If a movie has more to offer than just momentary pleasure and entertainment, it must be doing something very right. Ivan Ayr’s directorial debut Soni is one such film. It leaves much to think about once you’re out of the theater, and I consider myself lucky to have been able to discuss these reflections with the director himself during the Q&A session after the movie premiere at the MAMI 20th film festival. “Do you think it’s easier to accept a person once you know them completely?” is one of those questions that is posed in the film which is met with utter silence and a lot of pondering.
With a misleading title (as the film is not just about one woman; however, the character of Soni was dearer and more complex in her resistance and spirit according to the director), Soni is a tale about two women Soni (Geetika Ohlyan) and her superintendent, Kalpana (Saloni Batra) working for the police force in Delhi. What stands out here is the support and respect that a superior has for Soni. Though not always visibly empathetic, Kalpana puts Soni and the mess she’s dealing with before her own problems — a manifestation of how one with power should truly use it (ahem ahem, Trump,and all the world leaders out there). Soni also questions whether female authority is any authority at all in our society. Why is sensitivity exhibited by someone in power frowned upon? (Exemplified by Kalpana’s husband, who in his own right was correct to question his wife’s reinstatement of Soni even though she hadn’t yet learnt her lesson.)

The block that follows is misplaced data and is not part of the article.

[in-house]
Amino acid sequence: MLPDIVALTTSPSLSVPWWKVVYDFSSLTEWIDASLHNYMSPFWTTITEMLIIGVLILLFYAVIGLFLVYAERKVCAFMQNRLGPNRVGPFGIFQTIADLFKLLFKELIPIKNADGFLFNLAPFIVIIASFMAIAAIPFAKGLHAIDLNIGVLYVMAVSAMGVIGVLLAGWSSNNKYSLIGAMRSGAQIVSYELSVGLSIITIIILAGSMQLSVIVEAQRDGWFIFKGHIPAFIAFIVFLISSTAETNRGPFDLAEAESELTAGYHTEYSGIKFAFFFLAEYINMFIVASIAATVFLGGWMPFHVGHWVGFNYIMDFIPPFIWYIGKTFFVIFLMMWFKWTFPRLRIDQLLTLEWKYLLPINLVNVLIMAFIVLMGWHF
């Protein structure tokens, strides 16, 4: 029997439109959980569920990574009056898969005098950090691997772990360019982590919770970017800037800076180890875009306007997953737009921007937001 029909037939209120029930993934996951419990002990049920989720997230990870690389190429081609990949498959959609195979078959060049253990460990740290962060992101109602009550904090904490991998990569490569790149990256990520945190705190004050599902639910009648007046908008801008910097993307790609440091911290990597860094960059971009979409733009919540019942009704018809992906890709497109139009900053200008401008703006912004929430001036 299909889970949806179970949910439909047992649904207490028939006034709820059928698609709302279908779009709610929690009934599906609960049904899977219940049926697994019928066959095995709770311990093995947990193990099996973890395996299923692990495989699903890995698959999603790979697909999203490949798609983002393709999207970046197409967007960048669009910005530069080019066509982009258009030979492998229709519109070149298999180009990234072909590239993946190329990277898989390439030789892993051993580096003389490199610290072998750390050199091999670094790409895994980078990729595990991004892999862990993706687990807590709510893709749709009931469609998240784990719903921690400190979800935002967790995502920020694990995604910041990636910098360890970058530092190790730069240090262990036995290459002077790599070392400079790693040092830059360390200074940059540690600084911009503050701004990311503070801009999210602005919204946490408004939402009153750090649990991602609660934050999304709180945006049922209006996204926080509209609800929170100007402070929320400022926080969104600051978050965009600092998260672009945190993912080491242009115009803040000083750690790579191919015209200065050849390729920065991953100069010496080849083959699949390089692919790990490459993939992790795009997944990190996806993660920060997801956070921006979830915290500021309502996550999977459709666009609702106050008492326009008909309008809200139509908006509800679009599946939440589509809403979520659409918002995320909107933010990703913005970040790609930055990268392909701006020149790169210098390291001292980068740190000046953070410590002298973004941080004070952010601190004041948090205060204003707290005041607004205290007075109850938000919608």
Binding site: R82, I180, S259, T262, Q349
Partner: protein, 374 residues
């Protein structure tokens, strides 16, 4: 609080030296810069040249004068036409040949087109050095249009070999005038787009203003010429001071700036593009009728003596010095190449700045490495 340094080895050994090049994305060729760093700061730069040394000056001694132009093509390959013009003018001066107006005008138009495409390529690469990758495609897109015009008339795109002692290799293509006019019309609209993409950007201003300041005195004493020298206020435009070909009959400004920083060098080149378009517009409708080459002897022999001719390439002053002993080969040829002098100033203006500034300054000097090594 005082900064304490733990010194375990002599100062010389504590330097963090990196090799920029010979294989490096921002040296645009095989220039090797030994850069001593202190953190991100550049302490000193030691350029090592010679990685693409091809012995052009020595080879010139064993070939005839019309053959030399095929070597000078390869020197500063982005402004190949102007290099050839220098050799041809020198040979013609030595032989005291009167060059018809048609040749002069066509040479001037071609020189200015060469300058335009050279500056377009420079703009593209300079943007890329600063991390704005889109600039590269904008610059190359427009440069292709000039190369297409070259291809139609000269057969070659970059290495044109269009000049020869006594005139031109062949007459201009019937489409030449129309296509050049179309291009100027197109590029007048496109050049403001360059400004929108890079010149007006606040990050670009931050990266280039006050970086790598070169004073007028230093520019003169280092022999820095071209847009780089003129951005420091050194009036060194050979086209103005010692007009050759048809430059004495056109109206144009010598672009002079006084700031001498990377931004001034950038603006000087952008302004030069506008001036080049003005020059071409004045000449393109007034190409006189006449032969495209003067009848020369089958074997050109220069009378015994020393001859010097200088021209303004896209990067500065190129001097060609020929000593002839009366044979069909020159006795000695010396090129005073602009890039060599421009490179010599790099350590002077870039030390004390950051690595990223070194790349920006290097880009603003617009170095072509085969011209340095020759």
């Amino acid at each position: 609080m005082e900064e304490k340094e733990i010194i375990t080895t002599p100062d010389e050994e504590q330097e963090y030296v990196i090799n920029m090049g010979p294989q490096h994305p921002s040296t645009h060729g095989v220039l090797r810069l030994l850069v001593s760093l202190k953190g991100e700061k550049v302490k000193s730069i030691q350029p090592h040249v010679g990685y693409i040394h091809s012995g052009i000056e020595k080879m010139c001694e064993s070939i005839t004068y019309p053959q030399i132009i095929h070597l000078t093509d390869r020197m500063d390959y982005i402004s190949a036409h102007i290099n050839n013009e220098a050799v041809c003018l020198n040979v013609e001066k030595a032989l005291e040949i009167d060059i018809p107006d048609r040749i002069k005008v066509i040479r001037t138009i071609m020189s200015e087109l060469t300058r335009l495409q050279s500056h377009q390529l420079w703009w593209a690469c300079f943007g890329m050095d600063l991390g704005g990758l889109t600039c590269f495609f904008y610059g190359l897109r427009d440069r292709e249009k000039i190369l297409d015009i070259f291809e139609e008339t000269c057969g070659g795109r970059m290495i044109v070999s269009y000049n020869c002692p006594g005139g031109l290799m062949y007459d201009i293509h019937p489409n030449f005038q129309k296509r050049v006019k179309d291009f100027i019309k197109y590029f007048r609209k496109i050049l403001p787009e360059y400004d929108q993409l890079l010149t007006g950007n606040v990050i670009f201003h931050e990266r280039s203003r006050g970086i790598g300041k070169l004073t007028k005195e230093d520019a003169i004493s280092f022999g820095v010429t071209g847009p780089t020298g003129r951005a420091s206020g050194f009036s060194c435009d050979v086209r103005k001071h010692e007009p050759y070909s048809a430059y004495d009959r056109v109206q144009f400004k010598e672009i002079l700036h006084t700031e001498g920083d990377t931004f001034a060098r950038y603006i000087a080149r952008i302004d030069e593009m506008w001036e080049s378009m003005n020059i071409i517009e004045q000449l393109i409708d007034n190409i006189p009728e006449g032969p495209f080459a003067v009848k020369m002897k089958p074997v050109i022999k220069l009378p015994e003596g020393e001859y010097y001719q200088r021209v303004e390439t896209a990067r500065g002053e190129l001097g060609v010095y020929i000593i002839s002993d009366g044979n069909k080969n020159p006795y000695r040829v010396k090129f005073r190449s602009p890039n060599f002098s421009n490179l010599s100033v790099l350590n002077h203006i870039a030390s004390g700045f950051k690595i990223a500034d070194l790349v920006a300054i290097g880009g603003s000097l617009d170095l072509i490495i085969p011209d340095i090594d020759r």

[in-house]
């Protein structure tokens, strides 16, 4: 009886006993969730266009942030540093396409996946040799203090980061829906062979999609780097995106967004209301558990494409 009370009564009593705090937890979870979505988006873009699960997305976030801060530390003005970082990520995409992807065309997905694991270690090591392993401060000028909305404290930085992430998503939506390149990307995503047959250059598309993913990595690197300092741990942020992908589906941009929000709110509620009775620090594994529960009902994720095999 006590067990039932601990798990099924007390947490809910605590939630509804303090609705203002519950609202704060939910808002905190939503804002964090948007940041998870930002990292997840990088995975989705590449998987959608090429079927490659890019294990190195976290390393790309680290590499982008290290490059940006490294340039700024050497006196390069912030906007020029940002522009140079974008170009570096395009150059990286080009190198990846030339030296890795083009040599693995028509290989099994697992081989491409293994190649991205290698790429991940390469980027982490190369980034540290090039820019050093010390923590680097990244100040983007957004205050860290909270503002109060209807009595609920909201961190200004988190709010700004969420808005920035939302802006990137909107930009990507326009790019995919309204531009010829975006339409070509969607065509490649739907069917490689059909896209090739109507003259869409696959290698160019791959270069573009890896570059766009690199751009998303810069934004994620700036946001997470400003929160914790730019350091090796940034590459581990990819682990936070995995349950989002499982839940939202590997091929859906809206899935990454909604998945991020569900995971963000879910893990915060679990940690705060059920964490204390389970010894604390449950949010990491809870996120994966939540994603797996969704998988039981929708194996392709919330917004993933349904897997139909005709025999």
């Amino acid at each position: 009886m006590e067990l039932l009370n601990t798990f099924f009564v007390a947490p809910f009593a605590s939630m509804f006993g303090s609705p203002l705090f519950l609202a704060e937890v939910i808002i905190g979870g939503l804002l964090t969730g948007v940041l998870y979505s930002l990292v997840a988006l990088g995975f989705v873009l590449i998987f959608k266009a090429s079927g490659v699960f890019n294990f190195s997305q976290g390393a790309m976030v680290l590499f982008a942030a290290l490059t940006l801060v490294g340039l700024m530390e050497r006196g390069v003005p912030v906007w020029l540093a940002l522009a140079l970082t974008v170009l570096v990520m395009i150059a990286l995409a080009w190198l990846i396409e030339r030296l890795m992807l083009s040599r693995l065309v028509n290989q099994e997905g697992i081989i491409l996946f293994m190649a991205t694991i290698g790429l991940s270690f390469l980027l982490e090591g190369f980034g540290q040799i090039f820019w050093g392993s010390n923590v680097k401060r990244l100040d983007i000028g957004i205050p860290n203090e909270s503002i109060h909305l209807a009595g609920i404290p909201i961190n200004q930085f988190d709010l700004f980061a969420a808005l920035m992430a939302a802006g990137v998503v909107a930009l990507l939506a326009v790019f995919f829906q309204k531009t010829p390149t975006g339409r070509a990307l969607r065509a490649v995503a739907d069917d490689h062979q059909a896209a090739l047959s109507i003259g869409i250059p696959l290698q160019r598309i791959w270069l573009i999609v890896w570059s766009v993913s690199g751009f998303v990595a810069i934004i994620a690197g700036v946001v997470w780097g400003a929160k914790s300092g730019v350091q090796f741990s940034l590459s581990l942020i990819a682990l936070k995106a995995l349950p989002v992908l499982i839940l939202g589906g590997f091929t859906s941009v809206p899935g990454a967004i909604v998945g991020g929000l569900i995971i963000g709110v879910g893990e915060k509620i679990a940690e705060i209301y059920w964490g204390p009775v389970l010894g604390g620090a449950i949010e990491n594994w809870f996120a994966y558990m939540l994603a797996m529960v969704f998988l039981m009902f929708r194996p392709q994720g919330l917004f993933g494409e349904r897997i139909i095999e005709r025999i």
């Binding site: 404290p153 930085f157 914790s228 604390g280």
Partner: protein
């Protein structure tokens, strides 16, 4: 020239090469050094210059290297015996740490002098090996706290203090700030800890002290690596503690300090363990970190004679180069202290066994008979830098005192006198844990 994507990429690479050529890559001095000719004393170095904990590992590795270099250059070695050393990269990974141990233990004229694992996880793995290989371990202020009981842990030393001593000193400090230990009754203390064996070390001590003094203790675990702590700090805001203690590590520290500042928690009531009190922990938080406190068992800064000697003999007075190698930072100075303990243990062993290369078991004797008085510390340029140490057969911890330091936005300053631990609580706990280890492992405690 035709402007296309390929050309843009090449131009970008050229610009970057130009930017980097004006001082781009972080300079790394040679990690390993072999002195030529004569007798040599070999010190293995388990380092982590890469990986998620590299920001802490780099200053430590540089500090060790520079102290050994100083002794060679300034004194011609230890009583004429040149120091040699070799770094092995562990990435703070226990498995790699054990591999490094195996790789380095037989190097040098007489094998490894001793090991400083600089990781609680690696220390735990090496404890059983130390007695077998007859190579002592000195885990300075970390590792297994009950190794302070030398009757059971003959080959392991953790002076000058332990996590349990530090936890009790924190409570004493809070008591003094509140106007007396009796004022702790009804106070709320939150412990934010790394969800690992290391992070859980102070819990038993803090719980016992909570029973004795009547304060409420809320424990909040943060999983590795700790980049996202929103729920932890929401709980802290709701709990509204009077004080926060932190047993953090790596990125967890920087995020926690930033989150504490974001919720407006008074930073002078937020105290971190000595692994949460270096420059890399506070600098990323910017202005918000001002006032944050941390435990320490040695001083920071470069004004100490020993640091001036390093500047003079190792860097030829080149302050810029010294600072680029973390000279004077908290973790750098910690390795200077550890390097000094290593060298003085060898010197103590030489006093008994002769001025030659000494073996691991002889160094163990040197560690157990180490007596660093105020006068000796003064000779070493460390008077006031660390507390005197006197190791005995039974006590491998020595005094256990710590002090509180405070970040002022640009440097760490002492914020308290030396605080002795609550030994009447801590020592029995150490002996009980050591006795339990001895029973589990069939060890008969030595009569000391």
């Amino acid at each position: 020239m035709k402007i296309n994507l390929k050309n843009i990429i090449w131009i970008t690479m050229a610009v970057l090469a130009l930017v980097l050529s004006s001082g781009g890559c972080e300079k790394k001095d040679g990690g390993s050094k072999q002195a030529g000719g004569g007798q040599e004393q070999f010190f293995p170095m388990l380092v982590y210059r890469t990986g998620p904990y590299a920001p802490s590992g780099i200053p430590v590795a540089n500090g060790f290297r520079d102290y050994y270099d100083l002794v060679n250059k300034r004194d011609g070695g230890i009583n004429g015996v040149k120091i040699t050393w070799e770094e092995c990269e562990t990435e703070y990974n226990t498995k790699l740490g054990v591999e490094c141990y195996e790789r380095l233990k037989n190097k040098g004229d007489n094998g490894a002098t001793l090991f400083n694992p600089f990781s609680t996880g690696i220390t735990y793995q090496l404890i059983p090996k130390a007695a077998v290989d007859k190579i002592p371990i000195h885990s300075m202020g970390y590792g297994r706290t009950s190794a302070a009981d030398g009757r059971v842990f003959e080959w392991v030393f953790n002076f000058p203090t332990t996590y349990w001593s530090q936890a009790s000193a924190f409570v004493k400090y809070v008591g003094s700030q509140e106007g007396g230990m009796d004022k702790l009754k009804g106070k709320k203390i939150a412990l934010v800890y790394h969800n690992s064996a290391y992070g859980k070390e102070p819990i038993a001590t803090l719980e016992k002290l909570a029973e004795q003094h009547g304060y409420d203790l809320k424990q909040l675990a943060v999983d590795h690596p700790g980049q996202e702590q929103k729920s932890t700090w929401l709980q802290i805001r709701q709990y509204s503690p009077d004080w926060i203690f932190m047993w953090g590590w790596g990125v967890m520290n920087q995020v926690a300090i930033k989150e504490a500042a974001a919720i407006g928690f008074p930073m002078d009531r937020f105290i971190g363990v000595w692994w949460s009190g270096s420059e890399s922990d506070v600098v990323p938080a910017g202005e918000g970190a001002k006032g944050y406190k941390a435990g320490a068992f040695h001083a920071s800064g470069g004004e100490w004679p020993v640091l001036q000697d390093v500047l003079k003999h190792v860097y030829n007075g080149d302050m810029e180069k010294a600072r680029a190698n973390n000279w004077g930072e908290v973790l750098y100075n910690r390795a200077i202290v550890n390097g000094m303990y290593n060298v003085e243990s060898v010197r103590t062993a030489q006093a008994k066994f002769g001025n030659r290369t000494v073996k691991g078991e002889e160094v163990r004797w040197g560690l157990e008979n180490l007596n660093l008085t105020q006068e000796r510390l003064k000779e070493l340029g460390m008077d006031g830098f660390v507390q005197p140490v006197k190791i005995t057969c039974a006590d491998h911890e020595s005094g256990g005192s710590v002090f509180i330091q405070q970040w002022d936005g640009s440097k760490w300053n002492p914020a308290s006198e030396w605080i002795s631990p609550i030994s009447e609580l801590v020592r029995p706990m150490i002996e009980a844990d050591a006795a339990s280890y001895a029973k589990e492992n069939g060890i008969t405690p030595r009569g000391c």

Women’s safety, an issue we’ve all heard of in train announcements, written on pavement walls, discussed in classrooms, debated every day on news channels is dealt with carefully. We hear the announcement ‘segregation is necessary for safety’ as Kalpana sits in an only-female night bus. This is a sharp intentional contradiction to the reality in Delhi, where there seems to be an aversion to female drivers.
Soni is devoid, quite thankfully, of the usual complex narratives, twisty plots and psychologically multi-layered villains. More than anything, Soni is a story that reminds us to unearth the basic good nature that many believe we are all born with. Being kind and supportive to another even if there is nothing in it for you may not be the easiest thing to do all the time but it can make living simpler. Kalpana offers Soni her copy of Amrita Pritam’s memoir to help her with her struggles and that she may inspire others in the future. In the words of Rosa Parks, “Memoirs of our lives or our works and our deeds will continue in others.” It is the simplicity of Soni and the challenge that it puts up to all its viewers to think about what has been overlooked for the longest time, that distinguishes it from many other films.